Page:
The Asymmetric Effects of Scarcity and Abundance on Storable Commodity Price Dynamics and Hedge Ratios

53 Pages Posted: 12 Apr 2010

See all articles by Katelijne A. E. Carbonez

Katelijne A. E. Carbonez

KU Leuven - Faculty of Business and Economics (FEB)

Van Thi Tuong Nguyen

KU Leuven

Piet Sercu

FEB at KU Leuven

Date Written: February 23, 2010

Abstract

This paper revisits the asymmetric effect of the basis on commodity spot and futures price volatilities documented by Kogan, Livdan and Yaron (2008) and Lien and Yang (2008). Kogan et al. (2008) show both theoretically and empirically that, for a non-storable consumption good, the relationship between commodity price volatility and the basis exhibits a V-shape. Lien and Yang (2008) illustrate the existence of an asymmetric effect of the basis on commodity price volatilities for storable commodities. Their results seem to imply that both scarcity and abundance increase spot and futures price volatility, a counter-intuitive result. The aim of this article is twofold: (i) test the presence and the robustness of the asymmetric effect for storable agricultural commodities by analyzing different sample periods, longer horizons and alternative utility functions; and - given that this asymmetric effect turns out not to be robust - (ii) explore new variables besides the basis to proxy for scarcity, analyze whether they exhibit an asymmetric effect and test their performance in modeling storable commodity price volatility and in hedging futures positions.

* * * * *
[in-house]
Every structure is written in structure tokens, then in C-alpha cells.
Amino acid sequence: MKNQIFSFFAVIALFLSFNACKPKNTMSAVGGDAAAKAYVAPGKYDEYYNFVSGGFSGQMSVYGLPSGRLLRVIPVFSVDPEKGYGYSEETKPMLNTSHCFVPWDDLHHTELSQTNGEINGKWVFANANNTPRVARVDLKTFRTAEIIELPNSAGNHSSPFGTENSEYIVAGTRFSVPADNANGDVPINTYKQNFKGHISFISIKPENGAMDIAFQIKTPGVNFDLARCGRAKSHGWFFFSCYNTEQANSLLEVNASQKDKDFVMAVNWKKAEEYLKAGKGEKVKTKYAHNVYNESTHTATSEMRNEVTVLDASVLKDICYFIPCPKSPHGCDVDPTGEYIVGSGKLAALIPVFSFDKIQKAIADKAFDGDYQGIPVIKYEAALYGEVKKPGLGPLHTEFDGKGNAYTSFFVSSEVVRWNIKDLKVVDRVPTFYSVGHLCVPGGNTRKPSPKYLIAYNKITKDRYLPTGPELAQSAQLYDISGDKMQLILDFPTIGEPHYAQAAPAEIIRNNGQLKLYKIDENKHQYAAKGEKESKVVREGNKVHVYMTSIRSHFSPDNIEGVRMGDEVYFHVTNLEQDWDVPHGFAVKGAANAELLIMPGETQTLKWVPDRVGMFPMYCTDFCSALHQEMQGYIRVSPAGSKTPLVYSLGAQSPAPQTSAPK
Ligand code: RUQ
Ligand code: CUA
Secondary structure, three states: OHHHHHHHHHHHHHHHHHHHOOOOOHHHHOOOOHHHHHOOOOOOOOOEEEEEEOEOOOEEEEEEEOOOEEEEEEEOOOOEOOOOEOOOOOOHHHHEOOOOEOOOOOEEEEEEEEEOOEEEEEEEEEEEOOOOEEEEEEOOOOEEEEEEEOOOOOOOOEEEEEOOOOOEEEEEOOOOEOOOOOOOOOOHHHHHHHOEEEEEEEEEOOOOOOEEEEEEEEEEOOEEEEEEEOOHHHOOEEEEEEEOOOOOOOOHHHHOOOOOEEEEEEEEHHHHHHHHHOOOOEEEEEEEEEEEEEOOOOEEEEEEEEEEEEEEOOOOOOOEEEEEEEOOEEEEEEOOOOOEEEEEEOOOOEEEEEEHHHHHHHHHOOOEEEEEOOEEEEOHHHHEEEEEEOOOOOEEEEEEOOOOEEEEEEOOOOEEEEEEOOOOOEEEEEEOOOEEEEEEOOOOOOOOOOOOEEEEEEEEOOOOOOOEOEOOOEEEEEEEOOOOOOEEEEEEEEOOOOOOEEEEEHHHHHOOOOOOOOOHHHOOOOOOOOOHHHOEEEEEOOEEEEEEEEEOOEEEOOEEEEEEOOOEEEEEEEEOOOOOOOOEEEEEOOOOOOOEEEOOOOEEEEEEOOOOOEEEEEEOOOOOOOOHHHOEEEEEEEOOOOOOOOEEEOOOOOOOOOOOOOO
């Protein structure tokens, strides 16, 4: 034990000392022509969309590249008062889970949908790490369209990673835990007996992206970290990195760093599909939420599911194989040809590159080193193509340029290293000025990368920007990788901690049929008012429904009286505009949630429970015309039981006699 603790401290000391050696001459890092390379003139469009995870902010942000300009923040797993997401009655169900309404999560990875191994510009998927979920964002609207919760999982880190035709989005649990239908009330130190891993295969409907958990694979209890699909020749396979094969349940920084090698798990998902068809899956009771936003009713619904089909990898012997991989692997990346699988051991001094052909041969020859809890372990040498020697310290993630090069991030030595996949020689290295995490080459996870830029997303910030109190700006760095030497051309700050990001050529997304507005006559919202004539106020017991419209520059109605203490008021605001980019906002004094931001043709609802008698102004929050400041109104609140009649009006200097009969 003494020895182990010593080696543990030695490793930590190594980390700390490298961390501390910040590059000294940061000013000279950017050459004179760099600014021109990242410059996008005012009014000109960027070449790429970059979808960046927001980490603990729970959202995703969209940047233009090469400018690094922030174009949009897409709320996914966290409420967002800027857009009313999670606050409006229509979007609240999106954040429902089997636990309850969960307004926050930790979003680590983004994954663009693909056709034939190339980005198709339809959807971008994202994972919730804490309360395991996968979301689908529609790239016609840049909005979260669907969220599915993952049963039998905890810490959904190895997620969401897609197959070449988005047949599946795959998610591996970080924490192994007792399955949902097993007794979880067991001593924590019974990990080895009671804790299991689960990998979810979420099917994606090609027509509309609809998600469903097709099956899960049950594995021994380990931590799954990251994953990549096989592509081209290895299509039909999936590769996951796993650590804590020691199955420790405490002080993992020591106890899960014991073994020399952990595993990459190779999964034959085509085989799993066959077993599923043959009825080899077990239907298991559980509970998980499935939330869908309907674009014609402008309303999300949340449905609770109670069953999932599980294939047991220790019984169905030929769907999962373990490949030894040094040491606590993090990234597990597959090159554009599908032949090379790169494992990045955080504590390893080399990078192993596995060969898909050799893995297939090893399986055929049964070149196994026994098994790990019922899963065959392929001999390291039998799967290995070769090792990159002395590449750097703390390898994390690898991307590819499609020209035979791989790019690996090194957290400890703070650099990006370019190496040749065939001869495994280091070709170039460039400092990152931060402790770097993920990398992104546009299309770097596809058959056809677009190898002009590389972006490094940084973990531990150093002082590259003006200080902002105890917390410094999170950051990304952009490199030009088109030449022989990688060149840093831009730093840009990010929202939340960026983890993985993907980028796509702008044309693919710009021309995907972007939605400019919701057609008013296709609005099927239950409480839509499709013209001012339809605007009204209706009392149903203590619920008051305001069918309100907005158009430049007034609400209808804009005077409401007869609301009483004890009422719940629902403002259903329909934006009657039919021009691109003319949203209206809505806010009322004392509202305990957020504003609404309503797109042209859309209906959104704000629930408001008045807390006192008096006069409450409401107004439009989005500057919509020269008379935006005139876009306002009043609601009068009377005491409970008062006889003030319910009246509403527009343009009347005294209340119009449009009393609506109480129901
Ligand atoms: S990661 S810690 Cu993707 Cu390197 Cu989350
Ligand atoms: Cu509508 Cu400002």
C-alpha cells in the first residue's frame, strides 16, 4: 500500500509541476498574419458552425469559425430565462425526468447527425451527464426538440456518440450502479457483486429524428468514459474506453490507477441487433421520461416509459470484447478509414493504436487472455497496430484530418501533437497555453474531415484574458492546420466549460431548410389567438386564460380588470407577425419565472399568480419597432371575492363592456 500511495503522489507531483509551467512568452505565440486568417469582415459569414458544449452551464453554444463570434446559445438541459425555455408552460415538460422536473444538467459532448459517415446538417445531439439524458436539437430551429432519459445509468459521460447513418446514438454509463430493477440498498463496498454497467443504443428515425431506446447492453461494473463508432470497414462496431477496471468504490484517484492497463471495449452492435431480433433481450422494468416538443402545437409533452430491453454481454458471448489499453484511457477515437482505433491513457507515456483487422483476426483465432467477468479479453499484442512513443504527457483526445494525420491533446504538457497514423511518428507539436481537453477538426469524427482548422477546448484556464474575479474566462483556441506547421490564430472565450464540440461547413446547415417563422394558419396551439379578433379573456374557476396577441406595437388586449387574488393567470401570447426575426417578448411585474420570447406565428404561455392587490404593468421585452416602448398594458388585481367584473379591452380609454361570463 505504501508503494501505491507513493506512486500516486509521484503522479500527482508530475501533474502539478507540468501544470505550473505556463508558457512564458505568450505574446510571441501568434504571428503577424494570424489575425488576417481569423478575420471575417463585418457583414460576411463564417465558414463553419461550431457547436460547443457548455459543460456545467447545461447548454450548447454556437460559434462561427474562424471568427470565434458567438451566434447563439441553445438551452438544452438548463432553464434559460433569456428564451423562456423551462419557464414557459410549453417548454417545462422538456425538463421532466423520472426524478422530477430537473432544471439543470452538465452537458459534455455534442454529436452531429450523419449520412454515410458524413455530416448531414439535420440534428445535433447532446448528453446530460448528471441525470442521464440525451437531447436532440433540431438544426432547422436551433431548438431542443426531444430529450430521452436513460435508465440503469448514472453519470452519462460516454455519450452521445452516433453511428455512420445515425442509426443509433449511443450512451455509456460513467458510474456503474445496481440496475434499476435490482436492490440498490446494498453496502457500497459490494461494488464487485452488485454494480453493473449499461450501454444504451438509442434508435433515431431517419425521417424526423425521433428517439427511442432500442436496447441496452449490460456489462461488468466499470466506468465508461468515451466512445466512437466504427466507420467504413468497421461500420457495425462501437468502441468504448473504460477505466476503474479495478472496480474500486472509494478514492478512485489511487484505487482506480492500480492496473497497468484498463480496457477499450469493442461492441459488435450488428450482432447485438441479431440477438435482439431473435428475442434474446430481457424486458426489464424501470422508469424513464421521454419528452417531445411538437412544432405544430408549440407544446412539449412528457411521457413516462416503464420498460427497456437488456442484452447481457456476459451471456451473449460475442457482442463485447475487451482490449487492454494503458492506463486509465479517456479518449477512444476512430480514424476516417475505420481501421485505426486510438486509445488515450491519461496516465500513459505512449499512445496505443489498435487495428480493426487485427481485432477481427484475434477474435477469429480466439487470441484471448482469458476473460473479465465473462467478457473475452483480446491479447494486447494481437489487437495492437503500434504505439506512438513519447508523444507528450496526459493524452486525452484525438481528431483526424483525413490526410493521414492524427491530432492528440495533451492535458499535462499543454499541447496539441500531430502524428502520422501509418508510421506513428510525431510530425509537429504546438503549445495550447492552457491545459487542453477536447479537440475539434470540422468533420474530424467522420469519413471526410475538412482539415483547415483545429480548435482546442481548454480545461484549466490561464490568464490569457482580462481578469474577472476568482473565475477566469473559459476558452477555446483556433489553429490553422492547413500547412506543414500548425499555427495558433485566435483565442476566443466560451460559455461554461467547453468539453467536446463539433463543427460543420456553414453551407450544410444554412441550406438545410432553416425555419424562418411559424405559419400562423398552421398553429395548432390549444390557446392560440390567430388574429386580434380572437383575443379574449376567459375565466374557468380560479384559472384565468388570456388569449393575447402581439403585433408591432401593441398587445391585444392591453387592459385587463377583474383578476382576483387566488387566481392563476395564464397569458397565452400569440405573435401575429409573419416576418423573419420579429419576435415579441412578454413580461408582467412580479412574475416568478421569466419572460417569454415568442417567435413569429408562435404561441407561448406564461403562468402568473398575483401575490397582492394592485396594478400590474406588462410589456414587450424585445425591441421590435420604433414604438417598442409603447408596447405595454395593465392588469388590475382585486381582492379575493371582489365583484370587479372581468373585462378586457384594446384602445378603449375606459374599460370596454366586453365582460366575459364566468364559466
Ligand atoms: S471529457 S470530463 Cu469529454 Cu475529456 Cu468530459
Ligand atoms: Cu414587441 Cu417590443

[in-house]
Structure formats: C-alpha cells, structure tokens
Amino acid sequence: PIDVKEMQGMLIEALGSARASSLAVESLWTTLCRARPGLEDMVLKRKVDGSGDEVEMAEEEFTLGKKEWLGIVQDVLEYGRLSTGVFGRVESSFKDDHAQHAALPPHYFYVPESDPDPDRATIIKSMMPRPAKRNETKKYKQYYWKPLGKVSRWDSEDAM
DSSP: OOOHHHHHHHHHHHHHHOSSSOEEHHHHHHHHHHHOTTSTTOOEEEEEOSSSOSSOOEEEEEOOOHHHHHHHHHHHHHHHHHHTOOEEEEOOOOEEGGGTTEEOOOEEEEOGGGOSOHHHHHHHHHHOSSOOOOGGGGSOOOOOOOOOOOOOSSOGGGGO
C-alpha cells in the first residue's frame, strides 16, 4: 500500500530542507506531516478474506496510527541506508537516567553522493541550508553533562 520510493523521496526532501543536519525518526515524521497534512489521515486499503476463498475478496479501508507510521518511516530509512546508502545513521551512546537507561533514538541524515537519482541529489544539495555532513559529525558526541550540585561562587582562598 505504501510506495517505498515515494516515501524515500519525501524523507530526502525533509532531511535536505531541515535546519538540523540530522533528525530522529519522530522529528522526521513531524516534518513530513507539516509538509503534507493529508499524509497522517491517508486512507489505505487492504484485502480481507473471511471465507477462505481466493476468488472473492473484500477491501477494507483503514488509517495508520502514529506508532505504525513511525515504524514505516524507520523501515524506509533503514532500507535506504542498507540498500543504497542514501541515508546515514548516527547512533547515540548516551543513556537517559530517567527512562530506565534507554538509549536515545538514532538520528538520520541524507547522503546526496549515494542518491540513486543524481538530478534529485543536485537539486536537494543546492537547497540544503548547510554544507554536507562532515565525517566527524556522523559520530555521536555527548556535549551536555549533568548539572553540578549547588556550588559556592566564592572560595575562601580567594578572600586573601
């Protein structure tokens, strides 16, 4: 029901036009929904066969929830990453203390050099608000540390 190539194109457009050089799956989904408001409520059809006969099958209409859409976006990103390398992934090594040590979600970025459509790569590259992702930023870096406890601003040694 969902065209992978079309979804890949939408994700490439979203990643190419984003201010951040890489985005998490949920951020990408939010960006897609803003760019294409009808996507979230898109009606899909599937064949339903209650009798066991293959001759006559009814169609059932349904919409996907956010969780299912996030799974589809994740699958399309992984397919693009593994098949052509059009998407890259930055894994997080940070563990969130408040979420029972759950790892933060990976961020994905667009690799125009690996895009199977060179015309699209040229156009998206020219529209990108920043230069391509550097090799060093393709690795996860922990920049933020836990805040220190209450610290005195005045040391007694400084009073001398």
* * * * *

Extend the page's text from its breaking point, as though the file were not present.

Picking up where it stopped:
Our results provide little support for a V-shaped relationship between the basis and storable agricultural commodity price volatilities. Though an asymmetric effect is present in that the size of the coefficient for a positive basis is much larger than for a negative basis, a negative basis does not lead to higher volatilities. Moreover, we find that the strong hedging performance documented by Lien and Yang (2008) when including the asymmetric basis in the volatility specification is not robust across sample periods, for longer hedging horizons and for alternative utility functions. More positively, though, our results indicate that alternative scarcity specifications do have the expected positive link with volatility and often outperform more simple models in terms of hedging performance. Unfortunately, no single variable consistently leads to better results out-of-sample and there is often no correspondence between the best performing model in- and out-of-sample.

Suggested Citation

Carbonez, Katelijne A. E. and Nguyen, Van Thi Tuong and Sercu, Piet M. F. A., The Asymmetric Effects of Scarcity and Abundance on Storable Commodity Price Dynamics and Hedge Ratios (February 23, 2010). Available at SSRN: https://ssrn.com/abstract=1588073 or http://dx.doi.org/10.2139/ssrn.1588073

Katelijne A. E. Carbonez (Contact Author)

KU Leuven - Faculty of Business and Economics (FEB) ( email )

Naamsestraat 69
Leuven, B-3000
Belgium

Van Thi Tuong Nguyen

KU Leuven ( email )

Oude Markt 13
Leuven, Vlaams-Brabant 3000
Belgium
0032 16 32 64 62 (Phone)

Piet M. F. A. Sercu

FEB at KU Leuven ( email )

Naamsestraat 69
Faculty of Economics and Business
Leuven, 3000
Belgium
+32 16 32 67 56 (Phone)
+32 16 32 67 32 (Fax)

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